Indian Tribes and Gun Regulation: Should Tribes Exercise Their Sovereign Rights to Enact Gun Bans or Stand-Your-Ground Laws?

By Tweedy, Ann E. | Albany Law Review, Winter 2014 | Go to article overview

Indian Tribes and Gun Regulation: Should Tribes Exercise Their Sovereign Rights to Enact Gun Bans or Stand-Your-Ground Laws?


Tweedy, Ann E., Albany Law Review


I. INTRODUCTION

In light of the Second Amendment's inapplicability to Indian tribes, tribes appear to have the greatest freedom to experiment with gun laws of any sovereign in the United States. (1) What have they done with that freedom and what sorts of regulations should they pursue? This article attempts to answer both questions.

As to the first, as discussed in more detail below, tribes have enacted an array of generally fairly modest firearm regulations including permit requirements, limits on concealed weapons, restrictions on having guns in certain places, and regulations as to gun type and barrel length. As to the second question, this article explores two fairly extreme types of possible tribal firearm regulations: gun bans and stand-your-ground laws. Although each may have appeal to some of the nation's 566 federally recognized Indian tribes for different reasons, this article argues that, because of the current limitations on tribal civil and criminal jurisdiction under federal law and related issues, a tribe's enforcement of either would likely be fraught with problems. Thus, despite their unparalleled discretion in the area of firearm regulation, tribes' ability to effectively regulate on this crucial issue is hampered by the arcane framework of tribal civil and criminal jurisdiction under federal law. Moreover, this incongruity contradicts Congress' intent, as manifest in the Indian Civil Rights Act (ICRA). (2)

This article argues that, in light of the formidable obstacles to successful tribal enforcement of gun restrictions, tribes concerned about the proliferation of guns on their reservations--and who might therefore consider gun bans--may be best served by enacting a comprehensive set of gun regulations that makes extensive use of forfeiture, and probably particularly in rem forfeiture, as a penalty for any violation. Tribes that wish to support gun rights are free to do so (as some have), but enacting an expanded right to self-defense, such as a stand-your-ground law, as a partial solution to on-reservation crime is likely to backfire and harm the very tribal members who would be expected to benefit from such a law.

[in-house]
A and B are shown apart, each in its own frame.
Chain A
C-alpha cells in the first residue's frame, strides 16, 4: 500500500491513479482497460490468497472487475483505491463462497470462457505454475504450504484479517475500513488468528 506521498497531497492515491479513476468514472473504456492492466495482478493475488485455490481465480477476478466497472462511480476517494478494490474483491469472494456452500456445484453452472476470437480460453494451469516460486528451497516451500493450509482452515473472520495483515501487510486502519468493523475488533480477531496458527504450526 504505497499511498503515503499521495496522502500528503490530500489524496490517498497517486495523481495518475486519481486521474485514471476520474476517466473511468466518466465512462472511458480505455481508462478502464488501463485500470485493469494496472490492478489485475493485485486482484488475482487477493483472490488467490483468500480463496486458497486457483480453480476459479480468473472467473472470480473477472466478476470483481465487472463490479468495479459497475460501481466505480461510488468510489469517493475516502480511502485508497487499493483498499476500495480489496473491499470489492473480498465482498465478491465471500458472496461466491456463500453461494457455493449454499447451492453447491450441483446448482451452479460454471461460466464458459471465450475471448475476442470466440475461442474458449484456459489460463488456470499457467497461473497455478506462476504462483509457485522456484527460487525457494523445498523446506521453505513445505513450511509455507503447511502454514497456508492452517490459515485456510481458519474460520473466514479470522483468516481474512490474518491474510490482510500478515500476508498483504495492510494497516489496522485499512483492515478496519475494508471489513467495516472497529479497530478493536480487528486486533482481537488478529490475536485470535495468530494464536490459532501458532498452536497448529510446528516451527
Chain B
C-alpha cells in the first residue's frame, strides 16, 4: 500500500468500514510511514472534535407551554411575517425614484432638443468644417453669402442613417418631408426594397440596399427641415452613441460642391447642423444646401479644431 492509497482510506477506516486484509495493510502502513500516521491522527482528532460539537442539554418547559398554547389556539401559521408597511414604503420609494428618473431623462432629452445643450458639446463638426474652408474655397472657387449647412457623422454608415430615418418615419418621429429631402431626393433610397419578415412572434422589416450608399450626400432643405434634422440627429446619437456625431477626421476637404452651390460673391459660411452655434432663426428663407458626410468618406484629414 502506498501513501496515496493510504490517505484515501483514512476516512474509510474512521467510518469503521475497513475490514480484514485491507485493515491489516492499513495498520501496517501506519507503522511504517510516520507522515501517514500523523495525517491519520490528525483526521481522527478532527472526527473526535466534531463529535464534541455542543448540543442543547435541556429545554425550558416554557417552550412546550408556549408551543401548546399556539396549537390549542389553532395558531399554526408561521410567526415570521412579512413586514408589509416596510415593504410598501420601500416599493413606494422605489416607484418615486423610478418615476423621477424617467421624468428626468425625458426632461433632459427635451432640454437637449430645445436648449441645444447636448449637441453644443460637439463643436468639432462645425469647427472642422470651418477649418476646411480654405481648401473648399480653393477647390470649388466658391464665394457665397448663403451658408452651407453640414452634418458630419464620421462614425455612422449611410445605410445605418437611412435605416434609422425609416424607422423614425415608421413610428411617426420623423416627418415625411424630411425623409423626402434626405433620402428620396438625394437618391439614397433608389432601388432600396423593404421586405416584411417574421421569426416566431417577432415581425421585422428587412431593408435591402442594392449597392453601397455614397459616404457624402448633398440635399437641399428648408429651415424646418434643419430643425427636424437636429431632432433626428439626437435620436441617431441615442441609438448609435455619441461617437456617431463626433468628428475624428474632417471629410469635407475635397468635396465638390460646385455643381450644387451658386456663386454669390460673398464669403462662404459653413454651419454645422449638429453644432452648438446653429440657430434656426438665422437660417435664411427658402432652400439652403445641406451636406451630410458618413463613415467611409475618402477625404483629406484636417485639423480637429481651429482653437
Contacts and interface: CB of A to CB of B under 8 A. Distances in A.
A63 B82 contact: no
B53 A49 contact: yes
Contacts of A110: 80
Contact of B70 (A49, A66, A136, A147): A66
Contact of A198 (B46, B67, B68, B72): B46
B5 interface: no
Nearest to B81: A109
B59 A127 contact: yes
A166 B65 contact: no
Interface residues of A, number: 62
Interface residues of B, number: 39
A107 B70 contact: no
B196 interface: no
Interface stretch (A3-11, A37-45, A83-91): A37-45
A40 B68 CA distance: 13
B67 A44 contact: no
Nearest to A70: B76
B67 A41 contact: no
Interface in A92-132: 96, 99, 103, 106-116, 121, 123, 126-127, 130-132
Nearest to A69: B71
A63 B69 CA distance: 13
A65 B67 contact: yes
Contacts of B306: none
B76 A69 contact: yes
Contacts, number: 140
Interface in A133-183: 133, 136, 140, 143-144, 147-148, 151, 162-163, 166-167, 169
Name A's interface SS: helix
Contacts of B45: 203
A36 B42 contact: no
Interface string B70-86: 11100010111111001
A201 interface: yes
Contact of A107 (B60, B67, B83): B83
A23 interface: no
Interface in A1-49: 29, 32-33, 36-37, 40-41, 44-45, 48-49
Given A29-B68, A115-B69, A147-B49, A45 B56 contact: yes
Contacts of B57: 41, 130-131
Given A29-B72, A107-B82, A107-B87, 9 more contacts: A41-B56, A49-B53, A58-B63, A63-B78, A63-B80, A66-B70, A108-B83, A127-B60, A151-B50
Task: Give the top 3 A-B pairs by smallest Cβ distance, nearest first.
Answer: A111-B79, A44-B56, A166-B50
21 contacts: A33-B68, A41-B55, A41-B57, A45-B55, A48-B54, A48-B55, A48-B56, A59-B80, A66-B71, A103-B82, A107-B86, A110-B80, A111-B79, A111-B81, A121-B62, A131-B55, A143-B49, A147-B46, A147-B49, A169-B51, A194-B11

This article first outlines some of the history and background that may influence tribes to enact different types of gun laws. It then briefly describes the gun rights provisions and the various types of firearm regulations that currently exist under tribal law. Finally, it discusses tribes' options in regulating firearms and their use in the future, specifically focusing on the potential benefits of, and problems with, two of the more extreme types of regulation: gun bans and stand-your-ground laws.

II. GUN RIGHTS AND REGULATIONS

A. History and Background that May Influence Tribal Gun Policies

Tribes have powerful reasons both to want to protect gun rights and to enact stringent firearm regulations. As sovereigns, they should be able to strike that balance for themselves, according to their differing needs and values, especially given the inapplicability of the Bill of Rights to tribes. Unfortunately, as with many tribal governance functions that ostensibly are preserved under federal law, this promise turns out to be more real in theory than in practice.